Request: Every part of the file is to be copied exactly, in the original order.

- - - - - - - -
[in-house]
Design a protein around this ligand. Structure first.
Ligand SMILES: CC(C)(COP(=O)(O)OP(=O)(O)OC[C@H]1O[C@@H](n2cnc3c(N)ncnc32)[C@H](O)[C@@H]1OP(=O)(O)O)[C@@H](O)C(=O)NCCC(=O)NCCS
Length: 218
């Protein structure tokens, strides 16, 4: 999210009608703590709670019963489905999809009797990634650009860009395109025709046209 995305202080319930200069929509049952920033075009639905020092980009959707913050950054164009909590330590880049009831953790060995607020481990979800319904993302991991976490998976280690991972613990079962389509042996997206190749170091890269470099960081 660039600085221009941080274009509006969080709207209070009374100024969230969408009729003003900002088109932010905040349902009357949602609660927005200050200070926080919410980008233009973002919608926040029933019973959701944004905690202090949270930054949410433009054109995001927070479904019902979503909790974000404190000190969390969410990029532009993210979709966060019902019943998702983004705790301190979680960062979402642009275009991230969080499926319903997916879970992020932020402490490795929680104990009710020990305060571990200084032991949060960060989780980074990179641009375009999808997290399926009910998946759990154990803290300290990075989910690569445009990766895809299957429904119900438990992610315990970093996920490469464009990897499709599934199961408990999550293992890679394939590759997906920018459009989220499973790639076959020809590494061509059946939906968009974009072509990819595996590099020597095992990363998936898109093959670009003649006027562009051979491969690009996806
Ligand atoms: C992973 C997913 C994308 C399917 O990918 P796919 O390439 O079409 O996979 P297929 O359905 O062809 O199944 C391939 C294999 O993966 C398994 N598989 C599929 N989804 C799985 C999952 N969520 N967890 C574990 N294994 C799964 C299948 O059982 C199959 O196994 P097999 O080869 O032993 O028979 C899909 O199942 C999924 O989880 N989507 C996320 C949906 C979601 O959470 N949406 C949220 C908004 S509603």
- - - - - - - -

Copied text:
[in-house]
Design a protein around this ligand. Structure first.
Ligand SMILES: CC(C)(COP(=O)(O)OP(=O)(O)OC[C@H]1O[C@@H](n2cnc3c(N)ncnc32)[C@H](O)[C@@H]1OP(=O)(O)O)[C@@H](O)C(=O)NCCC(=O)NCCS
Length: 218
């Protein structure tokens, strides 16, 4: 999210009608703590709670019963489905999809009797990634650009860009395109025709046209 995305202080319930200069929509049952920033075009639905020092980009959707913050950054164009909590330590880049009831953790060995607020481990979800319904993302991991976490998976280690991972613990079962389509042996997206190749170091890269470099960081 660039600085221009941080274009509006969080709207209070009374100024969230969408009729003003900002088109932010905040349902009357949602609660927005200050200070926080919410980008233009973002919608926040029933019973959701944004905690202090949270930054949410433009054109995001927070479904019902979503909790974000404190000190969390969410990029532009993210979709966060019902019943998702983004705790301190979680960062979402642009275009991230969080499926319903997916879970992020932020402490490795929680104990009710020990305060571990200084032991949060960060989780980074990179641009375009999808997290399926009910998946759990154990803290300290990075989910690569445009990766895809299957429904119900438990992610315990970093996920490469464009990897499709599934199961408990999550293992890679394939590759997906920018459009989220499973790639076959020809590494061509059946939906968009974009072509990819595996590099020597095992990363998936898109093959670009003649006027562009051979491969690009996806
Ligand atoms: C992973 C997913 C994308 C399917 O990918 P796919 O390439 O079409 O996979 P297929 O359905 O062809 O199944 C391939 C294999 O993966 C398994 N598989 C599929 N989804 C799985 C999952 N969520 N967890 C574990 N294994 C799964 C299948 O059982 C199959 O196994 P097999 O080869 O032993 O028979 C899909 O199942 C999924 O989880 N989507 C996320 C949906 C979601 O959470 N949406 C949220 C908004 S509603």